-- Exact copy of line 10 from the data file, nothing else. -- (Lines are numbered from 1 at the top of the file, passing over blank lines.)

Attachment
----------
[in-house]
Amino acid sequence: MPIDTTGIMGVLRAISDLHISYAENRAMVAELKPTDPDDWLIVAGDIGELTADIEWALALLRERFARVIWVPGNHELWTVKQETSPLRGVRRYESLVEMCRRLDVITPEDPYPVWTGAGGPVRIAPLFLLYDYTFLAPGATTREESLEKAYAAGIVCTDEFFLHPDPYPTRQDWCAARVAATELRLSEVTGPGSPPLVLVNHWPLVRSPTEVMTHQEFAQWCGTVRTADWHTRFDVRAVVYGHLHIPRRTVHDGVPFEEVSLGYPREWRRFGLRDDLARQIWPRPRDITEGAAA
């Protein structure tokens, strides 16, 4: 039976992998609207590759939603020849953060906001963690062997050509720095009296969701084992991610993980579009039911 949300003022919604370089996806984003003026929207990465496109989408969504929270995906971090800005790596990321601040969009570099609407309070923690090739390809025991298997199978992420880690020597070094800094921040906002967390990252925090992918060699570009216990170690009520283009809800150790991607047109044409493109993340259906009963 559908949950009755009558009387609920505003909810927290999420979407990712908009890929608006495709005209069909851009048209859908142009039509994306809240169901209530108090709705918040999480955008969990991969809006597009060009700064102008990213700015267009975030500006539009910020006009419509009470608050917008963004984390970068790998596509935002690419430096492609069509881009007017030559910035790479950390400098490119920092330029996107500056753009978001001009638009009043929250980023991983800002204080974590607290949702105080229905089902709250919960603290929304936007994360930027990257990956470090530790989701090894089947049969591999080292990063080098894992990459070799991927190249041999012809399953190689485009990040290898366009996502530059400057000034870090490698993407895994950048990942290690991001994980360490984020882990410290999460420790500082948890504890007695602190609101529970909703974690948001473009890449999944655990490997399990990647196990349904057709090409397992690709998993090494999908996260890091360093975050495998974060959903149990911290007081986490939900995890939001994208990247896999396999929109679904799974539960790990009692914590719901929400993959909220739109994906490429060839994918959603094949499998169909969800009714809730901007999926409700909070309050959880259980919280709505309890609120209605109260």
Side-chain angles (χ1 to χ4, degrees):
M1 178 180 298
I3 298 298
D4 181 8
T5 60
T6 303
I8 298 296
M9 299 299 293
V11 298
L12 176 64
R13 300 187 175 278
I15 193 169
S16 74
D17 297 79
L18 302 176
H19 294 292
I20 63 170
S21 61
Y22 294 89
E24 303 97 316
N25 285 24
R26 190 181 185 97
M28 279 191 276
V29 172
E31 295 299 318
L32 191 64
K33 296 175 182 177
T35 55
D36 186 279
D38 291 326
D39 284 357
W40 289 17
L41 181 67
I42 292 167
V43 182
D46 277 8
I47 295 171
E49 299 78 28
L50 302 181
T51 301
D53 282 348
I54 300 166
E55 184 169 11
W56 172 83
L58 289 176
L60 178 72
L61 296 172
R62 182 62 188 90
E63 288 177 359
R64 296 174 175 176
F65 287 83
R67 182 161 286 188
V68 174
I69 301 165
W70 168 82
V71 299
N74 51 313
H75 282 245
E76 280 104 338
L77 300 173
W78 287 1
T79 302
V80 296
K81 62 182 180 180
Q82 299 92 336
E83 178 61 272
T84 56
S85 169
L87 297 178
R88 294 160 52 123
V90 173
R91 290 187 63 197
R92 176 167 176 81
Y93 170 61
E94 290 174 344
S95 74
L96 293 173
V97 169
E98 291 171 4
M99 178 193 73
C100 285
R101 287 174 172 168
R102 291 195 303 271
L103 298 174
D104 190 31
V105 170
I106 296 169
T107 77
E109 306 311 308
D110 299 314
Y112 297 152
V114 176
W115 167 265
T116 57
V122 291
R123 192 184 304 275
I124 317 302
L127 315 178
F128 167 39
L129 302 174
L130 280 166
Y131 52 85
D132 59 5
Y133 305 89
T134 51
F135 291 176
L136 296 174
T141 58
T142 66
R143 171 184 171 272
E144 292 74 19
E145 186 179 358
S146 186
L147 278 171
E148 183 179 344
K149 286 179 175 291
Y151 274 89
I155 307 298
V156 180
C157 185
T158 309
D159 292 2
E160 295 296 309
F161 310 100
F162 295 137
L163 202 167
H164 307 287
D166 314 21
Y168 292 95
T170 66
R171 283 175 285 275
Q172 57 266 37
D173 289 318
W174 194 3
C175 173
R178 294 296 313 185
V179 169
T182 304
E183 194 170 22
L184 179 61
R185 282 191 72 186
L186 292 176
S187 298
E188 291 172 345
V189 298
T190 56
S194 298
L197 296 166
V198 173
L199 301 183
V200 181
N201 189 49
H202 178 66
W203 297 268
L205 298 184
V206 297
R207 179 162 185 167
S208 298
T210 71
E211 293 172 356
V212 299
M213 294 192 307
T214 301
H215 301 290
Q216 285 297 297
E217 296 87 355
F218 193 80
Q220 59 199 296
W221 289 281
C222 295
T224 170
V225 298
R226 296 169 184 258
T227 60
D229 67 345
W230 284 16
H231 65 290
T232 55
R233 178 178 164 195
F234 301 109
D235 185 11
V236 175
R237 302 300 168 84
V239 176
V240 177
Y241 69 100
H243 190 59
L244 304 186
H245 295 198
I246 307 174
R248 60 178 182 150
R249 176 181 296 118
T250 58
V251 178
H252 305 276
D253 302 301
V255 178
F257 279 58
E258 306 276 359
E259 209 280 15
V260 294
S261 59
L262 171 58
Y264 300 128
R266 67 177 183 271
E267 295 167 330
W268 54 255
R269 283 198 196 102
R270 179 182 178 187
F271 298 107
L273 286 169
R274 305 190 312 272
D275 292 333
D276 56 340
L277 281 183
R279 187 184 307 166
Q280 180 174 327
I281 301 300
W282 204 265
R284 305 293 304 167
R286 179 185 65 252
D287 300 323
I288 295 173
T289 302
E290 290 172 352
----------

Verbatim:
I8 298 296